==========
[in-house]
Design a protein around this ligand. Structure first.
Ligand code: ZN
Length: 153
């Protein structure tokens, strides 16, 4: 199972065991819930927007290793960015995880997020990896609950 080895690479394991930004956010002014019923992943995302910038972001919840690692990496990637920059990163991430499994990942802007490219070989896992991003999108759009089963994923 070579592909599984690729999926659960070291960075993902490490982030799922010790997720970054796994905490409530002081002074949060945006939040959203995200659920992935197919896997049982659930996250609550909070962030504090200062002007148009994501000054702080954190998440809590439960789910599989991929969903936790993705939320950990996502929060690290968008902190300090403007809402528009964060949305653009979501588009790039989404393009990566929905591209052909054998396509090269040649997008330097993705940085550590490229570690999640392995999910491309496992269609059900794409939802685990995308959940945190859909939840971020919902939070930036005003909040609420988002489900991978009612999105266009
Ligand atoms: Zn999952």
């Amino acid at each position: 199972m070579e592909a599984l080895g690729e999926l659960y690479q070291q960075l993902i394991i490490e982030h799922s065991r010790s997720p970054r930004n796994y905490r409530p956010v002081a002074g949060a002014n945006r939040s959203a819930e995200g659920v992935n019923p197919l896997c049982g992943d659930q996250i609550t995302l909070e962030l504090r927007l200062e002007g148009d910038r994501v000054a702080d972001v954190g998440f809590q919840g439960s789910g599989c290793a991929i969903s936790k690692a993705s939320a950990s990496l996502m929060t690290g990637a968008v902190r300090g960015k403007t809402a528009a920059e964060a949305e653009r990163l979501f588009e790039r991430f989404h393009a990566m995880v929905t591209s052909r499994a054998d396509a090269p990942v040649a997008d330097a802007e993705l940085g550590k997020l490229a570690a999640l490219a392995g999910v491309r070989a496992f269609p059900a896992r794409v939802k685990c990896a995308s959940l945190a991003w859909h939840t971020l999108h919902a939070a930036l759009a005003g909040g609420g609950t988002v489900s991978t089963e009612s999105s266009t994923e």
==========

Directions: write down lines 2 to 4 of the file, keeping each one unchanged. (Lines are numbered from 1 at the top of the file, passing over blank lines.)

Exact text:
Design a protein around this ligand. Structure first.
Ligand code: ZN
Length: 153